Amid the re-release of his hit 1998 song "Lean on Me," gospel singer and winner of 16 Grammy awards Kirk Franklin said that it is a "misconception" to believe that God exists for the sole purpose of trying to make humans happy.
The 51-year-old Franklin recently spoke with The Christian Post about the re-release of "Lean on Me" with Compassion International featuring the voices of youth living in poverty around the world.
Franklin said that while some humans depend on God for finding joy, "being broken is not a bad thing [because] even in the darkest times, God, in His sovereignty, can be doing His greatest Work."
"We have this misconception that God is trying to make us happy," he said. "God is not trying to make us happy. God is trying to make us His. And so whatever process comes from that. Once again, I know that sounds foolish to the world. It sounds foolish to humanism. And our natural intelligence doesn't have the capacity to access and program the spiritual. And again, things of the spiritual a lot of times have been abused and manipulated."
Throughout the Bible, Franklin said that many men and women of faith experienced a process of God breaking them before He used them.
"Breaking is not all bad," Franklin explained. "I know that it may seem kind of intuitive to Western culture because, in America, we pride ourselves on being strong and not easily broken. But gold doesn't become pure until it's taken through the fire."
If someone is going through a difficult circumstance or season in life, Franklin said they should have a conversation with God.
"Ask God, 'What are you doing with this?' 'Are you using this?' Because sometimes, you're in a situation that doesn't seem to be getting better. Maybe it's because God may not want it to get better," Franklin rationalized.
The artist said people should do more than talk about Jesus but live out their conversations to reach a hurting world.
"I think that it is a tragedy for us to have this much Jesus conversation in the world, but there is not enough of the residue of the conversation in tangible ways in the lives of people," Franklin reasoned. "All of the wealth in the world and the level of poverty and corruption … the people continue to hurt. And so if you have any indication, any inclination to being able to have a monotheistic mindset, there's no way that you can see people hurt and think that God is smiling upon what we do."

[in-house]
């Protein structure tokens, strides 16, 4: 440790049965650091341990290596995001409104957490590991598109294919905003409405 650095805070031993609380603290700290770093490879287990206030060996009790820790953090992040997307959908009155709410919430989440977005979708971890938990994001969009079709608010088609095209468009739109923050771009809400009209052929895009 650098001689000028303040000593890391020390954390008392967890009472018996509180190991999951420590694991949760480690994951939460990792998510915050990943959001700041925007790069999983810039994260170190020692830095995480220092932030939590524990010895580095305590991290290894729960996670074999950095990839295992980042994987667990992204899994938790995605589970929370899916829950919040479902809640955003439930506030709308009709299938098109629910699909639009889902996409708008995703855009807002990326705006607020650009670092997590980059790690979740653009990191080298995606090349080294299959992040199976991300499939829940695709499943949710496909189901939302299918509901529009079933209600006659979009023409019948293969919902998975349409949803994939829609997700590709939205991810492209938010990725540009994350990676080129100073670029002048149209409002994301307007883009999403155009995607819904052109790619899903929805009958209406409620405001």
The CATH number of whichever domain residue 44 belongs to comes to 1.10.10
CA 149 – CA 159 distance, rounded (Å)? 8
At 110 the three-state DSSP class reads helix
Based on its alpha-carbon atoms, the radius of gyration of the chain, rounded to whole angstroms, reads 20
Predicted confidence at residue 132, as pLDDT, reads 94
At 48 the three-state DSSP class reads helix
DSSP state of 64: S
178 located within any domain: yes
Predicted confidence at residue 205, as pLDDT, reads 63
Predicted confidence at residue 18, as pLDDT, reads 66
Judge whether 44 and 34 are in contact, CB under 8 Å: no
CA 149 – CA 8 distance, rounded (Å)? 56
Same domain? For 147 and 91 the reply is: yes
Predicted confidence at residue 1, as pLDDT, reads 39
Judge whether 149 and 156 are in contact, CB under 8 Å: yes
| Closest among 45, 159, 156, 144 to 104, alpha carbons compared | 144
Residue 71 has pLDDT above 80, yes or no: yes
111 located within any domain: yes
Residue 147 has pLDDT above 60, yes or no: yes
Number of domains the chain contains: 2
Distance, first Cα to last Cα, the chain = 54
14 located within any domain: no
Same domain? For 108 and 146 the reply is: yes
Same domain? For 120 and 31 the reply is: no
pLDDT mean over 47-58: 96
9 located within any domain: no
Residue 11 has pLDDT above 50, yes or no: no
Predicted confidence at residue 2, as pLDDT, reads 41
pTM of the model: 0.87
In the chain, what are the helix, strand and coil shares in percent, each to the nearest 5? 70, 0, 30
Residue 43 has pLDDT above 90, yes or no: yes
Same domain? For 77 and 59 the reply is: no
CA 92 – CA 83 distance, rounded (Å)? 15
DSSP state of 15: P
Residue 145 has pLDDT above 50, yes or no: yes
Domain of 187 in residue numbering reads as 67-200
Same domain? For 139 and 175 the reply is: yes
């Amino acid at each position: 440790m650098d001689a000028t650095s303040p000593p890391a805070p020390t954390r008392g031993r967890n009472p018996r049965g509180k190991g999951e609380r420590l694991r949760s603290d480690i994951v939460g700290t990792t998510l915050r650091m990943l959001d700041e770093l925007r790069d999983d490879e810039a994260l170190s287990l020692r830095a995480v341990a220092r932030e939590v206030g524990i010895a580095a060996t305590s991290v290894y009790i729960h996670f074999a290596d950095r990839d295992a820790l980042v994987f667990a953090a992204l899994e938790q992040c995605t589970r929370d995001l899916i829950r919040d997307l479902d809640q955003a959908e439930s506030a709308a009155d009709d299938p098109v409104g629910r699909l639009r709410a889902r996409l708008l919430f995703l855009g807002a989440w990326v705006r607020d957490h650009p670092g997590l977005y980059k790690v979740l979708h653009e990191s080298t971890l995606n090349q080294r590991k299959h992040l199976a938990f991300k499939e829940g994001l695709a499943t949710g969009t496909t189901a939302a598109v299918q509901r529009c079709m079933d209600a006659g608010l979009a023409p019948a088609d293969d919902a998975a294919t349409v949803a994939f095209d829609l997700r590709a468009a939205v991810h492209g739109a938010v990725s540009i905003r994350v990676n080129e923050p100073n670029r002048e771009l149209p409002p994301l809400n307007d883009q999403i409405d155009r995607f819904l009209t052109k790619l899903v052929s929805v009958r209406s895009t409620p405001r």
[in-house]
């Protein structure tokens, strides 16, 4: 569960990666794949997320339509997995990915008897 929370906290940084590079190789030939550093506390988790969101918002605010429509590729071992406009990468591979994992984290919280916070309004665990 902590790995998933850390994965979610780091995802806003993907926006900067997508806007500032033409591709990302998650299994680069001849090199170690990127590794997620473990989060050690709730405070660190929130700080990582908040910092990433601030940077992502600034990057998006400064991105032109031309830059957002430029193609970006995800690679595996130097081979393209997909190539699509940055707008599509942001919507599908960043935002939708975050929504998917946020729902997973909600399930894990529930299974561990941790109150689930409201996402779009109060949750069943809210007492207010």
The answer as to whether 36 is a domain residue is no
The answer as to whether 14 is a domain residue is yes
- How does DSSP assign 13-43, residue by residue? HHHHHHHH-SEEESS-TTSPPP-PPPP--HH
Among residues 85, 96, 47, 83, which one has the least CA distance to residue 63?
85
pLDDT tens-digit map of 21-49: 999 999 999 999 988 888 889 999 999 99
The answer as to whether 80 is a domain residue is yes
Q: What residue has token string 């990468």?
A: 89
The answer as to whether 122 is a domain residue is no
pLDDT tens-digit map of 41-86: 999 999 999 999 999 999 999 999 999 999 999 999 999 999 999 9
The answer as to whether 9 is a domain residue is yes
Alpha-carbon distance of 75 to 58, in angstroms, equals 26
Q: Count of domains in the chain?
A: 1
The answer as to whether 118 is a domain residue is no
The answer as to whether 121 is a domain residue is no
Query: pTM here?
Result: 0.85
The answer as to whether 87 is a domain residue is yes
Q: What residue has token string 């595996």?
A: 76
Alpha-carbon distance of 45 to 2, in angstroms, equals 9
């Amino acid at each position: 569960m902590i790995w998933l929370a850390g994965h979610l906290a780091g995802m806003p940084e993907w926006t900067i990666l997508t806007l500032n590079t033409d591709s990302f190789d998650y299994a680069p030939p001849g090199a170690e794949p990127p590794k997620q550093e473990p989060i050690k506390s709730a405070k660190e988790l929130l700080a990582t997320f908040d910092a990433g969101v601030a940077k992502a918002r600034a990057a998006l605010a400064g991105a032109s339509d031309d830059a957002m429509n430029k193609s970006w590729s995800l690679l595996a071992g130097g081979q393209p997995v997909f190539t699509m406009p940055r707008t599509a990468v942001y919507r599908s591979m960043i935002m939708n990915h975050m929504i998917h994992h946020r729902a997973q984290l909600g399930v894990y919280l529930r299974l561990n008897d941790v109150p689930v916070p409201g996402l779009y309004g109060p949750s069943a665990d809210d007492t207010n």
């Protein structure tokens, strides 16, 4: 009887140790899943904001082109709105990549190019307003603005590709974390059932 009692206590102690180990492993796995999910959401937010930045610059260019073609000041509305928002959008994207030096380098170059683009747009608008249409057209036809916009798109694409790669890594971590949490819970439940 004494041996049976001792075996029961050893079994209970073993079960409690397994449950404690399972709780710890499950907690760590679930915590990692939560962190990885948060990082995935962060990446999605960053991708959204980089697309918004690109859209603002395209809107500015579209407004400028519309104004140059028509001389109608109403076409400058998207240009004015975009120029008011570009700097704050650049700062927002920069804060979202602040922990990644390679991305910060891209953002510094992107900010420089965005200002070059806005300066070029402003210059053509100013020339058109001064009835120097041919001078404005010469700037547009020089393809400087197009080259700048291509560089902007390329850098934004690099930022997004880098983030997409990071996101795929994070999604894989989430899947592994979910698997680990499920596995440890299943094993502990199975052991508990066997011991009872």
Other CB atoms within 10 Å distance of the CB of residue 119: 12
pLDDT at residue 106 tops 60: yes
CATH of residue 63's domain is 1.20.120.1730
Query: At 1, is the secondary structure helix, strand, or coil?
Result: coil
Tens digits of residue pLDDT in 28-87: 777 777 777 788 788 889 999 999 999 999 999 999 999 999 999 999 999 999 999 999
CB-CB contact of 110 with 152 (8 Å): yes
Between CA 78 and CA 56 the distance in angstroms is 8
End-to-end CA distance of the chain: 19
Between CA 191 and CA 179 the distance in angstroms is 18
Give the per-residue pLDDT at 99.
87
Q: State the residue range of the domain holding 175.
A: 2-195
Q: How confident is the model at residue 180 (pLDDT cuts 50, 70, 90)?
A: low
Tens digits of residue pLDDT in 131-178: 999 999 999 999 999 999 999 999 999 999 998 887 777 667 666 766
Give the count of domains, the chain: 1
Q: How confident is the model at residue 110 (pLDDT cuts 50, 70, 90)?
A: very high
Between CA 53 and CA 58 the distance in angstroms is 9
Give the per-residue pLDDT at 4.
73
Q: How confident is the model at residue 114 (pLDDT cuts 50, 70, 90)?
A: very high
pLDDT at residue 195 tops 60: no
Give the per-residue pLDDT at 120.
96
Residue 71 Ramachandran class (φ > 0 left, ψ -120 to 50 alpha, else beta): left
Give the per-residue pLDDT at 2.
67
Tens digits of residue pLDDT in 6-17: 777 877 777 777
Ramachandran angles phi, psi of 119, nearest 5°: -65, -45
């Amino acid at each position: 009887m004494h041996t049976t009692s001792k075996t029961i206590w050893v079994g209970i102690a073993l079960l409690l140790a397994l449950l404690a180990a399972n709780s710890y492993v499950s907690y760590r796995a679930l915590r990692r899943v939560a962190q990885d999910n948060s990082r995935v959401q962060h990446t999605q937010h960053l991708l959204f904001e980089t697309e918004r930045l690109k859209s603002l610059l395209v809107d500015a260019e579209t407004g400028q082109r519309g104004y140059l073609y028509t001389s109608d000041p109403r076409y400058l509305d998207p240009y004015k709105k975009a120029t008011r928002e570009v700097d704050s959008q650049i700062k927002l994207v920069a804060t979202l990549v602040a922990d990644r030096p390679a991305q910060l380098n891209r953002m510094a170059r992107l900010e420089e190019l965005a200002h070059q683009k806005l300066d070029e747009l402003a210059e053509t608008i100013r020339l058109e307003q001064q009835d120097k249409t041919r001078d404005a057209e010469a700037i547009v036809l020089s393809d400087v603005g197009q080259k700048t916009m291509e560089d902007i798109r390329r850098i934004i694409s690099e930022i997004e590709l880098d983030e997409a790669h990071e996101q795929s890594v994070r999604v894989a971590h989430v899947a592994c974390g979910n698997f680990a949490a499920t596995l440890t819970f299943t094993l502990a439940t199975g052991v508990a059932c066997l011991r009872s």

The world should be more humble to embrace others for the hardships they face in more ways, he said, and begin to care more about the needs of others.
"From being marginalized to being in positions of poverty, to issues of race, to issues of sexism, issues of agism, whatever 'ism' is happening at the moment, we have to understand there is a humility that is missing," Franklin warned. "We need to have the intentional pursuit of being about the benefits of other people. I should be as concerned about my needs and even more about yours."
Franklin, known for his gospel-centered music, released a new rendition of "Lean on Me" on Sept. 24. The re-release is called the "Worldwide Mix" and features The Compassion Youth Choir, a group made in partnership with Franklin of 120 different musicians who starred in the video.
The original version of "Lean on Me" was a song on Franklin's 1998 album "The Nu Nation Project," which remained on top of the Billboard Contemporary Christian Albums chart for 23 weeks and the Billboard Gospel Albums chart for 49 weeks.
The new version of "Lean on me" has over 121,000 views on YouTube as of Thursday afternoon. The “Lean on Me” music video has more than 2.5 million views and 14,000 shares on Facebook.
"It's a great honor to work with Compassion and to be part of their global reach, especially during this climate, during this time," Franklin told CP. "It is really overwhelming to be able to pull out a song that's over two decades [old] and see it be able to have an impact and to be able to remind each other of the bigger message, that we're the hands and feet of God, and in very tangible ways."
The new rendition, Franklin said, aims to spread the message of people being there for one another, "as brothers and sisters," by showing compassion, empathy and love during difficult times in the world.
"I'm very grateful to have an opportunity to just speak to the realities … of real-time situations that are affecting and impacting people today," Franklin concluded.